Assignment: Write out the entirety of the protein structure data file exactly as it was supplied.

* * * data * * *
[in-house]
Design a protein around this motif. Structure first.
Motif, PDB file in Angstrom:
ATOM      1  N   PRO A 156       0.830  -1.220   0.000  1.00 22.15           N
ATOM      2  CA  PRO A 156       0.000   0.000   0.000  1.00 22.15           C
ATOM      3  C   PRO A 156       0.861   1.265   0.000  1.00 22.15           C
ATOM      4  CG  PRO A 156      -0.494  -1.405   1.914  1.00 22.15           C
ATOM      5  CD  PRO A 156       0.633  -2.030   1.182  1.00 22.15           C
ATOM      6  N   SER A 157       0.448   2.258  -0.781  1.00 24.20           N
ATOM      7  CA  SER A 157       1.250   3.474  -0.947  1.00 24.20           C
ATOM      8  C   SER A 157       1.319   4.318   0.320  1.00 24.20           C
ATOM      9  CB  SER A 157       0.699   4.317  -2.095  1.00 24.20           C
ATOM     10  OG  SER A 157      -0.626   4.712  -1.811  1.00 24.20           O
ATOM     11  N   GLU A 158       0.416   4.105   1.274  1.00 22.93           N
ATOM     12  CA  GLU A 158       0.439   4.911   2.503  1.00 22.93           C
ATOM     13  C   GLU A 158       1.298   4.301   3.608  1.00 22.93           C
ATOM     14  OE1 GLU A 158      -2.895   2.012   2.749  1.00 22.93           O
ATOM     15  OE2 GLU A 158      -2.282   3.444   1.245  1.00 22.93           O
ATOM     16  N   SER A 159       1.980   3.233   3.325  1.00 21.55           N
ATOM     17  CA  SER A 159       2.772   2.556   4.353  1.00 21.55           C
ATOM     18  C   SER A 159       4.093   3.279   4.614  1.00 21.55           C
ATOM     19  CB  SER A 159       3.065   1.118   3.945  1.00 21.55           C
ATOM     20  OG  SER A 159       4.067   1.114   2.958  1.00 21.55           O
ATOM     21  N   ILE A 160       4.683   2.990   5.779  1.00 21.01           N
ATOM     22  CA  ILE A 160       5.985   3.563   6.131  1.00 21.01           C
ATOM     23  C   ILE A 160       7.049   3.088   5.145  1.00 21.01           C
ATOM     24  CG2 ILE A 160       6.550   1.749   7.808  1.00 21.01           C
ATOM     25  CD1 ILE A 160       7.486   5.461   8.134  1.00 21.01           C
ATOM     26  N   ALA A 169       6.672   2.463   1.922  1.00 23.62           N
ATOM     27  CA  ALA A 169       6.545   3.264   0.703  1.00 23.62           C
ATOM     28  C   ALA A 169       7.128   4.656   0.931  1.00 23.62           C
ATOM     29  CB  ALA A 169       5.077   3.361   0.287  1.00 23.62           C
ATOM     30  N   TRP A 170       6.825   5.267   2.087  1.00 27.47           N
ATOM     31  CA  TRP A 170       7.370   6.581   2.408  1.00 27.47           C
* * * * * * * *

[in-house]
Design a protein around this motif. Structure first.
Motif, PDB file in Angstrom:
ATOM      1  N   PRO A 156       0.830  -1.220   0.000  1.00 22.15           N
ATOM      2  CA  PRO A 156       0.000   0.000   0.000  1.00 22.15           C
ATOM      3  C   PRO A 156       0.861   1.265   0.000  1.00 22.15           C
ATOM      4  CG  PRO A 156      -0.494  -1.405   1.914  1.00 22.15           C
ATOM      5  CD  PRO A 156       0.633  -2.030   1.182  1.00 22.15           C
ATOM      6  N   SER A 157       0.448   2.258  -0.781  1.00 24.20           N
ATOM      7  CA  SER A 157       1.250   3.474  -0.947  1.00 24.20           C
ATOM      8  C   SER A 157       1.319   4.318   0.320  1.00 24.20           C
ATOM      9  CB  SER A 157       0.699   4.317  -2.095  1.00 24.20           C
ATOM     10  OG  SER A 157      -0.626   4.712  -1.811  1.00 24.20           O
ATOM     11  N   GLU A 158       0.416   4.105   1.274  1.00 22.93           N
ATOM     12  CA  GLU A 158       0.439   4.911   2.503  1.00 22.93           C
ATOM     13  C   GLU A 158       1.298   4.301   3.608  1.00 22.93           C
ATOM     14  OE1 GLU A 158      -2.895   2.012   2.749  1.00 22.93           O
ATOM     15  OE2 GLU A 158      -2.282   3.444   1.245  1.00 22.93           O
ATOM     16  N   SER A 159       1.980   3.233   3.325  1.00 21.55           N
ATOM     17  CA  SER A 159       2.772   2.556   4.353  1.00 21.55           C
ATOM     18  C   SER A 159       4.093   3.279   4.614  1.00 21.55           C
ATOM     19  CB  SER A 159       3.065   1.118   3.945  1.00 21.55           C
ATOM     20  OG  SER A 159       4.067   1.114   2.958  1.00 21.55           O
ATOM     21  N   ILE A 160       4.683   2.990   5.779  1.00 21.01           N
ATOM     22  CA  ILE A 160       5.985   3.563   6.131  1.00 21.01           C
ATOM     23  C   ILE A 160       7.049   3.088   5.145  1.00 21.01           C
ATOM     24  CG2 ILE A 160       6.550   1.749   7.808  1.00 21.01           C
ATOM     25  CD1 ILE A 160       7.486   5.461   8.134  1.00 21.01           C
ATOM     26  N   ALA A 169       6.672   2.463   1.922  1.00 23.62           N
ATOM     27  CA  ALA A 169       6.545   3.264   0.703  1.00 23.62           C
ATOM     28  C   ALA A 169       7.128   4.656   0.931  1.00 23.62           C
ATOM     29  CB  ALA A 169       5.077   3.361   0.287  1.00 23.62           C
ATOM     30  N   TRP A 170       6.825   5.267   2.087  1.00 27.47           N
ATOM     31  CA  TRP A 170       7.370   6.581   2.408  1.00 27.47           C